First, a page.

LIV Golf’s bid to have its players earn ranking points has been unanimously rejected by the Official World Golf Ranking (OWGR) due to concerns about the Saudi Arabia-backed circuit’s format.
OWGR Chairman Peter Dawson said in a letter sent on Tuesday to LIV Golf’s Chief Executive Greg Norman and Chief Operating Officer Gary Davidson, that “at this time” LIV Golf will not be recognised as an Eligible Golf Tour in the OWGR system.
LIV Golf, whose player roster includes major champions Phil Mickelson, Brooks Koepka and Cameron Smith, said the OWGR’s decision means the organisation can no longer deliver on its objective to rank the best players in the world.
“Professional golf is now without a true or global scoring and ranking system,” LIV Golf said in a statement. “There is no benefit for fans or players from the lack of trust or clarity as long as the best player performances are not recognized.”
Dawson said the Board Committee felt LIV Golf’s tournament format – 54-hole, no-cut events for 48 players – was an issue but added that it was one that was capable of being managed through an “appropriate mathematical formula.”
The board did not make a determination what that adjustment might be and will not do so while there are other “unresolved deficiencies” which render performance comparisons with players competing in existing OWGR Tour events extremely difficult.
The bigger concern, according to the letter, is the limited access for players to join LIV Golf which, barring injury, features the same 48 players all season.
The letter also revealed that LIV informed the OWGR in July that 14 players will be invited back next season regardless of their performance, more than double the number that LIV officials originally told the OWGR.
“Simply put, the Board Committee does not believe it is equitable to thousands of players who strive every day to get starts in OWGR Eligible Tournaments to have a tour operate in this mostly-closed fashion,” Dawson wrote.
Dawson also said the Committee remains concerned about the implications of conducting individual and team competitions simultaneously, and singled out actions and comments attributed to Sebastian Munoz during an April tournament.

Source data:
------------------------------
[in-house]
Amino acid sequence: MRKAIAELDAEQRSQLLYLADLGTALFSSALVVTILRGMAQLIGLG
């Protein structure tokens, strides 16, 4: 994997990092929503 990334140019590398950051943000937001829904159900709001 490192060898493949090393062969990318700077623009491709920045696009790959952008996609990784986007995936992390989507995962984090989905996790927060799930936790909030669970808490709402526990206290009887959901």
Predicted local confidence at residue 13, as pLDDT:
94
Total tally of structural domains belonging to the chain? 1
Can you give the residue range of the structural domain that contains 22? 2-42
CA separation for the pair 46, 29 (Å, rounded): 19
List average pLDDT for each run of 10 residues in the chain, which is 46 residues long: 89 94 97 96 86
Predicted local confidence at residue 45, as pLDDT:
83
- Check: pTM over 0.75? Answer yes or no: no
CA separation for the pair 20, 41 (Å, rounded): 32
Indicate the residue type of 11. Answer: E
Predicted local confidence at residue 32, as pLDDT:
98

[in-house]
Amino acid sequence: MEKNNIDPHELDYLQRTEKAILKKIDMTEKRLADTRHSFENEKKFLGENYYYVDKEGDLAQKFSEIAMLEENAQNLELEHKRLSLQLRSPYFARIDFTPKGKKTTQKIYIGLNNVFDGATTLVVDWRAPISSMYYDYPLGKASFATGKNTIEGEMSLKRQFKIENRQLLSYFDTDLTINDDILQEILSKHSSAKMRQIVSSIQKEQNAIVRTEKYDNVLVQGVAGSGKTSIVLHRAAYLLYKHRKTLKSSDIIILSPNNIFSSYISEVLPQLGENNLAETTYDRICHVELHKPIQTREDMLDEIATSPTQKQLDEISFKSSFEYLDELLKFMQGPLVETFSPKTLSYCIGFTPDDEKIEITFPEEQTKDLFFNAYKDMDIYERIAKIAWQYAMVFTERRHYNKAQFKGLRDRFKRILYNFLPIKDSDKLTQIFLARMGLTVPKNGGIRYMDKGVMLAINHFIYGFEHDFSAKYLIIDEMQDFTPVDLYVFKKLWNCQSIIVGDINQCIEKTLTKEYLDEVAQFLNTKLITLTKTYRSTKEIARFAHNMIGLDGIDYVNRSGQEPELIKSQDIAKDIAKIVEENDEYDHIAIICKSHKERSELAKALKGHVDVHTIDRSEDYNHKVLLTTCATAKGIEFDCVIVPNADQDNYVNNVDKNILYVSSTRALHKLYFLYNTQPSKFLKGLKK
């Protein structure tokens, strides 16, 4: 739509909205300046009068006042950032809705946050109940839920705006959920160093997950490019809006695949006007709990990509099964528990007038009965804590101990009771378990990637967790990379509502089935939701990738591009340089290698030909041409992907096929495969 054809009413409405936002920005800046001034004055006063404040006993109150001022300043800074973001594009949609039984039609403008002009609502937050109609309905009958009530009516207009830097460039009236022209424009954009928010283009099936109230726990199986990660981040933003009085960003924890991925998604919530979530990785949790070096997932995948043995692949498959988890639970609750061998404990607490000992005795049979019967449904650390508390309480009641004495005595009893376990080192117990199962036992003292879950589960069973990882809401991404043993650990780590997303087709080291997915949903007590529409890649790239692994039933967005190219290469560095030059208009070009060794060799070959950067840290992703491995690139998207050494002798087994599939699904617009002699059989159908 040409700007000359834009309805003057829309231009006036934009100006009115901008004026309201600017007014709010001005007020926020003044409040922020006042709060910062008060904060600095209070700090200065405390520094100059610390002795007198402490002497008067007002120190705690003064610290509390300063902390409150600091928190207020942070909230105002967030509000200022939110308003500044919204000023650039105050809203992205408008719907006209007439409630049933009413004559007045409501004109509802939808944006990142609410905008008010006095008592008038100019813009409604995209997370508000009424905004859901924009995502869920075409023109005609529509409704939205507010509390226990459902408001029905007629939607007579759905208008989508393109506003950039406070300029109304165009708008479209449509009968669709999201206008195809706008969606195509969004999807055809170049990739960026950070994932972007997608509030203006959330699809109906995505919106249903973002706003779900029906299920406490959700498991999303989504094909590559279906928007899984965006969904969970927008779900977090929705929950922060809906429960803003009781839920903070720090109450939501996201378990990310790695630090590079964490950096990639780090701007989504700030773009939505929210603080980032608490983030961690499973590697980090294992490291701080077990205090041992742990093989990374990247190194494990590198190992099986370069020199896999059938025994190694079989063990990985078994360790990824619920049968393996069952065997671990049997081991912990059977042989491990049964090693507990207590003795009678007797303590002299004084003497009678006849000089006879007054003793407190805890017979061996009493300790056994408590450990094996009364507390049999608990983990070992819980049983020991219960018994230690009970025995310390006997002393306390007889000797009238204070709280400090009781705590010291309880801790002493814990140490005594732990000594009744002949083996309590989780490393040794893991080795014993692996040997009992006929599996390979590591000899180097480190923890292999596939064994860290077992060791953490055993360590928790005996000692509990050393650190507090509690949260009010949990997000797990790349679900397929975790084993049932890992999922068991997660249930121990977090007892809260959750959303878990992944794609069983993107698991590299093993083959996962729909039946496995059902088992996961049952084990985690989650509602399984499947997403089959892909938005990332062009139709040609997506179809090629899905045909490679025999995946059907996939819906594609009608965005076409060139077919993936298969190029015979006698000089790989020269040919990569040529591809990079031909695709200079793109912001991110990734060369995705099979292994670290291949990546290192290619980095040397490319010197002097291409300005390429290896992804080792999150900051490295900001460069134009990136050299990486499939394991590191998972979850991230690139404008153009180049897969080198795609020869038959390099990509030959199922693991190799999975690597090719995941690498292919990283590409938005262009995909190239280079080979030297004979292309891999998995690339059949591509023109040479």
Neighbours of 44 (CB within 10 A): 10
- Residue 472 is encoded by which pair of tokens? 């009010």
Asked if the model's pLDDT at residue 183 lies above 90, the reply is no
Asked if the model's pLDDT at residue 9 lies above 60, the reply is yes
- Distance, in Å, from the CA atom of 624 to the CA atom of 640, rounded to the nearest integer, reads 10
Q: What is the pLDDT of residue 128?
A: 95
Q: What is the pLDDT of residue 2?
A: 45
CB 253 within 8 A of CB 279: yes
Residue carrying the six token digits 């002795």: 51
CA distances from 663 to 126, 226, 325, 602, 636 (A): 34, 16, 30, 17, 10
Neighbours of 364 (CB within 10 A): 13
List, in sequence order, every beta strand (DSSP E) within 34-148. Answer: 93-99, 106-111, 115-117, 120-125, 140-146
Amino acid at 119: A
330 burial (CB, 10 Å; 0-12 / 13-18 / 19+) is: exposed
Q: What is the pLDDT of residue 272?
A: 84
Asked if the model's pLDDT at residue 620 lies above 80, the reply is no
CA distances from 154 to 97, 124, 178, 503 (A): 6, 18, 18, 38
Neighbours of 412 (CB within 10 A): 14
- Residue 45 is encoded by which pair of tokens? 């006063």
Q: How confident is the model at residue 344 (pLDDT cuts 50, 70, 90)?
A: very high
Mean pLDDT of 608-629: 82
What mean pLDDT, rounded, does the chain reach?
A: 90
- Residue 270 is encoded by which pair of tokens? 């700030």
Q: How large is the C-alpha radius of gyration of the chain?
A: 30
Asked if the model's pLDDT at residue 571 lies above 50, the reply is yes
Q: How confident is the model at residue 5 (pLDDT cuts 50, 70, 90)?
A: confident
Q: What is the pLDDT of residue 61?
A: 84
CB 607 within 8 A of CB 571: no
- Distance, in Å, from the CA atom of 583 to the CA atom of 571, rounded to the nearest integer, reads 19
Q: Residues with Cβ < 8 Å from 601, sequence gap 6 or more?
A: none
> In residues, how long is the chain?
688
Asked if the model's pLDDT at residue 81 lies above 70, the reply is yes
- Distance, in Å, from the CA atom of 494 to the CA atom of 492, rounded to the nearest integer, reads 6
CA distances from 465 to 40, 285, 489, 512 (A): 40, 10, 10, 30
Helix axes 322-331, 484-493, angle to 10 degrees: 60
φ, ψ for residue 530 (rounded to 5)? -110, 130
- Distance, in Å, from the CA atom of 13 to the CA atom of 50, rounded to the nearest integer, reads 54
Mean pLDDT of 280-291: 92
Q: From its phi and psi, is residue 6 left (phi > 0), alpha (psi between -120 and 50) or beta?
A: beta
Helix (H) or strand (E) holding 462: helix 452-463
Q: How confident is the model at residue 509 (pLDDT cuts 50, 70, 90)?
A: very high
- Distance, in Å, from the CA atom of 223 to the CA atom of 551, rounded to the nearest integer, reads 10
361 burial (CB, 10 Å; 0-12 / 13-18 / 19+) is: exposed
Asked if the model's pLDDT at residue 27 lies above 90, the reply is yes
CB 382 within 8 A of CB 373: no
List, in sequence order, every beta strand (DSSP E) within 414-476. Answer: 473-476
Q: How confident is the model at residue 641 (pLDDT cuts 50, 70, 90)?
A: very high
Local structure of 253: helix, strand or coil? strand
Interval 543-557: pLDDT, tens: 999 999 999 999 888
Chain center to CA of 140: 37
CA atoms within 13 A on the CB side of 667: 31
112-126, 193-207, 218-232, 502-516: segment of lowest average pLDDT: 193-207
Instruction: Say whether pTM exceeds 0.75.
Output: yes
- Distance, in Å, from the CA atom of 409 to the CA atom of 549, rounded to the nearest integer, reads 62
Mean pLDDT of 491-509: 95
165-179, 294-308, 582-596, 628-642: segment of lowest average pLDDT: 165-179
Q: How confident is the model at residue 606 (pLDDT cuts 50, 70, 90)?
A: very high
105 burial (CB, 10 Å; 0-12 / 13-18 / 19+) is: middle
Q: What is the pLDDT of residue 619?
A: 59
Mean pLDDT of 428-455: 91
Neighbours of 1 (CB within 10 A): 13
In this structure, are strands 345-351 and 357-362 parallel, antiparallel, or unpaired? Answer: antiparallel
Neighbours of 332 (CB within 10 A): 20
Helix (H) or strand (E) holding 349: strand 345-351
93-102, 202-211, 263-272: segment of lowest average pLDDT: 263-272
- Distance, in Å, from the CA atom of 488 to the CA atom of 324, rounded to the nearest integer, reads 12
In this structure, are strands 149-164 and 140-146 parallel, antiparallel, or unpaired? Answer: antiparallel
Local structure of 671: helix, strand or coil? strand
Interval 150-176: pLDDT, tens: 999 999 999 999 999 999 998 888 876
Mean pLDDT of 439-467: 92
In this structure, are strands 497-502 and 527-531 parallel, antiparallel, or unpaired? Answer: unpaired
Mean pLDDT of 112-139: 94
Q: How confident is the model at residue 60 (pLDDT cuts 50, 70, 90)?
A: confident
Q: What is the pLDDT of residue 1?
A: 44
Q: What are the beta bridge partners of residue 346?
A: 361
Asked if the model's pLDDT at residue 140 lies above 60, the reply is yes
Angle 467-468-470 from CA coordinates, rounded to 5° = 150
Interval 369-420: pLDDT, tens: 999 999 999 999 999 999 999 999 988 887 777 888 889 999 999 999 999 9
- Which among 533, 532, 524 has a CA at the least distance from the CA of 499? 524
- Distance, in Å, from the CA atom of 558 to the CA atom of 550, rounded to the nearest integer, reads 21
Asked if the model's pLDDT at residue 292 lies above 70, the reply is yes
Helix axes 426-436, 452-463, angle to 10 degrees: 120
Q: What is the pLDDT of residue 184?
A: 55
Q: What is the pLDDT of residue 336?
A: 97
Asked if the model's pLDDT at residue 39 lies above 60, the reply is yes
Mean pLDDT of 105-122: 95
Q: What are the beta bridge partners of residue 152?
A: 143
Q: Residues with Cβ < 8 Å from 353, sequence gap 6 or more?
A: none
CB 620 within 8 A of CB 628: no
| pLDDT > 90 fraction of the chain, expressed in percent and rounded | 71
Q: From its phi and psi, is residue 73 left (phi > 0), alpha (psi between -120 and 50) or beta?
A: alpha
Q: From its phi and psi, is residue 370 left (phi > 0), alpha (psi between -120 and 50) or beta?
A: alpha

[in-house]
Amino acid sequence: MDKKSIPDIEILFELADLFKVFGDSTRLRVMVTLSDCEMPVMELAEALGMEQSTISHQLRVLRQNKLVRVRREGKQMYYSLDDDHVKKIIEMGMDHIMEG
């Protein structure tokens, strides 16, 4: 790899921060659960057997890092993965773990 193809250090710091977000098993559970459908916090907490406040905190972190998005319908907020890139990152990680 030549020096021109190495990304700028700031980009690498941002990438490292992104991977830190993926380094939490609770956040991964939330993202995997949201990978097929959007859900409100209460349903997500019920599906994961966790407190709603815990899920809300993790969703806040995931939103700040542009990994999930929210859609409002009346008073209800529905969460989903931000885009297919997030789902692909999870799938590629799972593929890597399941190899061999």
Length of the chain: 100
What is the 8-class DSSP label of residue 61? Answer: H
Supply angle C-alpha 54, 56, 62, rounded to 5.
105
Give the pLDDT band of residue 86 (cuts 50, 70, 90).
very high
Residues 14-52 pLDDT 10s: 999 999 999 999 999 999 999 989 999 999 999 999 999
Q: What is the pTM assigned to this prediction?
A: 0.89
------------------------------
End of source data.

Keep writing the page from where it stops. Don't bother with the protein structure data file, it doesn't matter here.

Brooks Koepka led Munoz by a shot on the final hole and both were about 40 feet away for birdie. Koepka’s putt settled just over four feet from the cup before Munoz, needing a birdie to force a playoff but whose team led Koepka’s Smash unit by a stroke, lagged his putt to just inside four feet and made par.
“It’s weird, because I knew we were one stroke ahead on the team, so I couldn’t go extra. I knew I couldn’t be too aggressive,” Munoz said at the time. “He got the individual, we got the team. I call it a tie.”
LIV Golf applied for recognition in the rankings, which play a key role in deciding entry into golf’s four majors, in July 2022 and its players have said excluding them “undermines the historical value” of the ranking.
Critics say LIV Golf, bankrolled by Saudi Arabia’s Public Investment Fund, amounts to “sportswashing” by a nation trying to improve its image amid criticism of its human rights record.
Dawson said OWGR invites LIV to resubmit its application should it make any modifications that impact the areas of non-conformance.
“The decision to respectfully decline LIV’s application at this time it not meant to discourage your efforts to innovate in men’s professional golf and/or cause you to make changes you may not believe to be in the best interests of your tour and events.”
According to the OWGR website, the ranking points breakdown is derived from each tournament’s total field rating and points are awarded to players who make the cut and complete an event, subject to their finishing position in the tournament.
While golf’s four majors have allowed qualified LIV Golf players to compete, those who earned exemption into the blue-riband events due to past results could one day be left out as they are not earning world ranking points.